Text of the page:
"I think they should worry more about the people in the state."
That's how many people in Pennsylvania feel after more than 24 thousand state employees were told to stay home, without pay.
Governor Ed Rendell furloughed the employees saying without a budget, the state can't spend money on non-critical services.
"I don't understand what they think the people are going to live on if they can't work and they haven't got a job, I mean they've got children," says Hellen Carlsen of Hallstead.
This morning, state parks were shut down and people were asked to leave.
Other places people use like highway welcome centers and drivers license offices have also been closed.
Some people blame the government for playing politics and not working for the best interest of the people.
"If they do their job as we have to do our job in private corporations, they'd had the job done. If they ran the state like a private corporation, they wouldn't have the problems," says Ray Osterhout of Hallstead.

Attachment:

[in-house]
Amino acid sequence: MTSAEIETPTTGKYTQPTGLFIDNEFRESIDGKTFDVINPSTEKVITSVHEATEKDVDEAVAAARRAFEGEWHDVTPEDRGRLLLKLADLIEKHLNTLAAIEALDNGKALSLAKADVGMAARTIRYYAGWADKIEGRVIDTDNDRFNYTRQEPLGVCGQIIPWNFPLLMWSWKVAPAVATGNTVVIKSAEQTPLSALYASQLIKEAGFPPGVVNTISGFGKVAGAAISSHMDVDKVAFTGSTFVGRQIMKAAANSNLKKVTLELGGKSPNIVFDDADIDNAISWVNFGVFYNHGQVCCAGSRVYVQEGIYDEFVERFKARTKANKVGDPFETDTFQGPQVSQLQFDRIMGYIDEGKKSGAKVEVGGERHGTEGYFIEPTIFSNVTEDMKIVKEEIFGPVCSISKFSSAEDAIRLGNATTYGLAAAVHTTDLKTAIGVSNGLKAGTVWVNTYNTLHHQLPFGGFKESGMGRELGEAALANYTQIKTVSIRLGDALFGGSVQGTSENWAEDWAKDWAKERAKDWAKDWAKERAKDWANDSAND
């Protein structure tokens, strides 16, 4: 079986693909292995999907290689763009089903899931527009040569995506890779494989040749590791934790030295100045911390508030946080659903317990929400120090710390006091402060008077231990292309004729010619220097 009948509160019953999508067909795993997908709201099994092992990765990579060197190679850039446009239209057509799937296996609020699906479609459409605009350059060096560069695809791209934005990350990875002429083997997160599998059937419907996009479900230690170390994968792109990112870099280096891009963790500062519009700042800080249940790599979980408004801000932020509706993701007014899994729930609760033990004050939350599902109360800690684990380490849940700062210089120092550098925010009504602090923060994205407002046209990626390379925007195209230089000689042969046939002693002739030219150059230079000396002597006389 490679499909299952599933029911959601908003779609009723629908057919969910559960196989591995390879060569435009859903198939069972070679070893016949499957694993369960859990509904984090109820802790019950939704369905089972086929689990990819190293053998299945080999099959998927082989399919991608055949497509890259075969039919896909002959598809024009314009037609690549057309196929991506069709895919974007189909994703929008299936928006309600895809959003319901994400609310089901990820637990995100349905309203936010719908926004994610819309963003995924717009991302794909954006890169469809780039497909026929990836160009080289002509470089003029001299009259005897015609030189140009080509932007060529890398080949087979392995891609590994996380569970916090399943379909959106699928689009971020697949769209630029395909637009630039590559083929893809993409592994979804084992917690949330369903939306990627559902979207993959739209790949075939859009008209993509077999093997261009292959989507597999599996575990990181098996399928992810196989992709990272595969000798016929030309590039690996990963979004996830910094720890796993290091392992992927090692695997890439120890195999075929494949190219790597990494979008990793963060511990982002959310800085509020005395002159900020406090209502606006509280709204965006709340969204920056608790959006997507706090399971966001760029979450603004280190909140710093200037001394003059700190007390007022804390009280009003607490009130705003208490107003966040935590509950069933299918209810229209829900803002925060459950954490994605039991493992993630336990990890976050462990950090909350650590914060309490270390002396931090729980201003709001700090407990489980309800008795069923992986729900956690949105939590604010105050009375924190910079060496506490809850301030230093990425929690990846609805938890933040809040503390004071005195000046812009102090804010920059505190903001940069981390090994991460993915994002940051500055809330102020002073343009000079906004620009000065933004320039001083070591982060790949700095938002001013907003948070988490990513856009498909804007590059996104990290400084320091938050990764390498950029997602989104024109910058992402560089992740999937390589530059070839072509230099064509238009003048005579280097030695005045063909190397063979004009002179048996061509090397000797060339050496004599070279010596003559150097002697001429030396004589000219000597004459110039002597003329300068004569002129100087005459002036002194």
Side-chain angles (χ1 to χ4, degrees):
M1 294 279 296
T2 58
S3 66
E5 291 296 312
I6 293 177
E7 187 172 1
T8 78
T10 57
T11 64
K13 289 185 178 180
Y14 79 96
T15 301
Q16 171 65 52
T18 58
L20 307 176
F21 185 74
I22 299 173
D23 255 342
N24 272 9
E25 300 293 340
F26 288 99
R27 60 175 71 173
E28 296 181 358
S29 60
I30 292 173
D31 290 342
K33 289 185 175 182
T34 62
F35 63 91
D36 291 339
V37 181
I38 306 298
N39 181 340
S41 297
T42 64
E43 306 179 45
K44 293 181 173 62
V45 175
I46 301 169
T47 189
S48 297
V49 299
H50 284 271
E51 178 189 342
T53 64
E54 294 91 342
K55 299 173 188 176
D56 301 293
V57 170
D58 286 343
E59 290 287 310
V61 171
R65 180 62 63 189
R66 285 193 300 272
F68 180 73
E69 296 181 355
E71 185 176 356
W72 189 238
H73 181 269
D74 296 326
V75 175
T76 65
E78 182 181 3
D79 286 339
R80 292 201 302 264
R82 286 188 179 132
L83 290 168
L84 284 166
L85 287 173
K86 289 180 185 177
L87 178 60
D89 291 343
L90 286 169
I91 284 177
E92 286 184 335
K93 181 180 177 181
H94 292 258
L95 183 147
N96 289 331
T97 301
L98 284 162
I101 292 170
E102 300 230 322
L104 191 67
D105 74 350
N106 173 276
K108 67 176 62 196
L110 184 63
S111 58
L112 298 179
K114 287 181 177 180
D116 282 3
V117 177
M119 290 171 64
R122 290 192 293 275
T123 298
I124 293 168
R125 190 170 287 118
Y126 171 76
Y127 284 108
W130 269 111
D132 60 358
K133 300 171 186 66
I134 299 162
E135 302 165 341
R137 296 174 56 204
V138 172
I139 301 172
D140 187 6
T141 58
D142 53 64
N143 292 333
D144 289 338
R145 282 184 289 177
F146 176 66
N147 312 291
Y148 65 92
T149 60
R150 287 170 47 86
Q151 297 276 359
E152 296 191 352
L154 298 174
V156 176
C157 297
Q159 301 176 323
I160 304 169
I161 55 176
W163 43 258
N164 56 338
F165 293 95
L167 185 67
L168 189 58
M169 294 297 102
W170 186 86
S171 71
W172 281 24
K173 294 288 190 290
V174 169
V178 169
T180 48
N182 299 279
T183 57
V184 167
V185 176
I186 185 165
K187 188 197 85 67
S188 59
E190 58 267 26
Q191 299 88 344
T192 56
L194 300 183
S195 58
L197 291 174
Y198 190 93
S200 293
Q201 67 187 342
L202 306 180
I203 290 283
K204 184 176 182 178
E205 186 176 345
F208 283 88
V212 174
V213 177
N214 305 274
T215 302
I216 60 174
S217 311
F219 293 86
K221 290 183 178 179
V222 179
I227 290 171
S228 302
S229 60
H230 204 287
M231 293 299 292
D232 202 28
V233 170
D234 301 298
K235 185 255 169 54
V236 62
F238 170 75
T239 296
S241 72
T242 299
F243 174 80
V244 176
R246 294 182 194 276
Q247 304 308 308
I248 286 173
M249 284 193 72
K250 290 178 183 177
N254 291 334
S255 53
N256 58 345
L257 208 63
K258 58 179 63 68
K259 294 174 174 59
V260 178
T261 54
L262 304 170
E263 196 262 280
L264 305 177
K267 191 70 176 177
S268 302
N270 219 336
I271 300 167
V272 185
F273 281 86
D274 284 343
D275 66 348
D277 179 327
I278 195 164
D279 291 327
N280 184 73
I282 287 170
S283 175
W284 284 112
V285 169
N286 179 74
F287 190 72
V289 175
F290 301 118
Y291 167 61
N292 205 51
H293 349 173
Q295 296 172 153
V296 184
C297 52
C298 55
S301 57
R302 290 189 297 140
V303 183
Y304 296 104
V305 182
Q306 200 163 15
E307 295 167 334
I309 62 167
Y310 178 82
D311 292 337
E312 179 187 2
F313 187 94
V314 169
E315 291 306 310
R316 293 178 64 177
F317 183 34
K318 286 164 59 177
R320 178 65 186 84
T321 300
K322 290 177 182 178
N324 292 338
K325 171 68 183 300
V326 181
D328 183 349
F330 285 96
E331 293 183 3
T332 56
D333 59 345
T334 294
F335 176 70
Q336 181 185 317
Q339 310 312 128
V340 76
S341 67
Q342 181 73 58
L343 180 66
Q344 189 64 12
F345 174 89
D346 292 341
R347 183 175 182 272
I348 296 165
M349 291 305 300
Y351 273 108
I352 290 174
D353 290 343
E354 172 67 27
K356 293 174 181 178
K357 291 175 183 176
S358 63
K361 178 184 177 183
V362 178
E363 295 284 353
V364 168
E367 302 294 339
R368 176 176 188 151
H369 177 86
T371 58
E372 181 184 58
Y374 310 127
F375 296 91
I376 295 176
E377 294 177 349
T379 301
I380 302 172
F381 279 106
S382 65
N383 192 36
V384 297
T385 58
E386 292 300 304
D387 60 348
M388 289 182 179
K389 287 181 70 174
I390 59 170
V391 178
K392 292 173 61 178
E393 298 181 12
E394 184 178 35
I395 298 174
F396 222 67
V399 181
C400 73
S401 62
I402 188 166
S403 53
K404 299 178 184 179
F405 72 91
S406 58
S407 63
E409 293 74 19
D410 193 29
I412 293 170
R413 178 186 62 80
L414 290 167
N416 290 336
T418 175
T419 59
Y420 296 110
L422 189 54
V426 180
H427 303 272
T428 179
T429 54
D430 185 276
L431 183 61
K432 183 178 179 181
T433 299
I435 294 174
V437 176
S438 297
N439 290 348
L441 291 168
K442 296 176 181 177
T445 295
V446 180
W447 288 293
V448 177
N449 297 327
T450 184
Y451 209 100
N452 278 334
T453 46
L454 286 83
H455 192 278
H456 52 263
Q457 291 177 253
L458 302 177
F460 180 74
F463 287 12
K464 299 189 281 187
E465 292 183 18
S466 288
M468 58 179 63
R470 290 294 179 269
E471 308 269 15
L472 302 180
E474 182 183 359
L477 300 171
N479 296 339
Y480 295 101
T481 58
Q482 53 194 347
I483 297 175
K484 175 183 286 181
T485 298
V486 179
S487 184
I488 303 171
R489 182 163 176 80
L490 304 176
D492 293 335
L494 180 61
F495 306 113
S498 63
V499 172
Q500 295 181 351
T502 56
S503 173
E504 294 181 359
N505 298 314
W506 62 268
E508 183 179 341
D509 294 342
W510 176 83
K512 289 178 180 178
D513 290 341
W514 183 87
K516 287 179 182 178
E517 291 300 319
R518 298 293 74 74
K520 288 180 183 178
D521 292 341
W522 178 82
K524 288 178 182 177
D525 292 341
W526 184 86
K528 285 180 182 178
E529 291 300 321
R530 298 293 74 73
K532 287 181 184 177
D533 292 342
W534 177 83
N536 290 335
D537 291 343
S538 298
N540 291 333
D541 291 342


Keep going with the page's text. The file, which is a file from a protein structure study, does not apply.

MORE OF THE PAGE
"If they weren't getting paid, I bet it would have gotten done. They're still getting their paychecks. There's a lot of people down here that work week to week that work for the state...they can't afford to be out," says Steven McGuire of Hallstead.
All furloughed employees will be allowed back to work tomorrow, if that budget, in fact, has been agreed to.
Democratic Senator Vincent Fumo says the deal will address some of Governor Rendell's health
care and energy initiatives.
But says it will not impose the surcharge on electric rates the governor wanted.
We'll have the latest information, Tuesday morning, on Action News beginning at 5.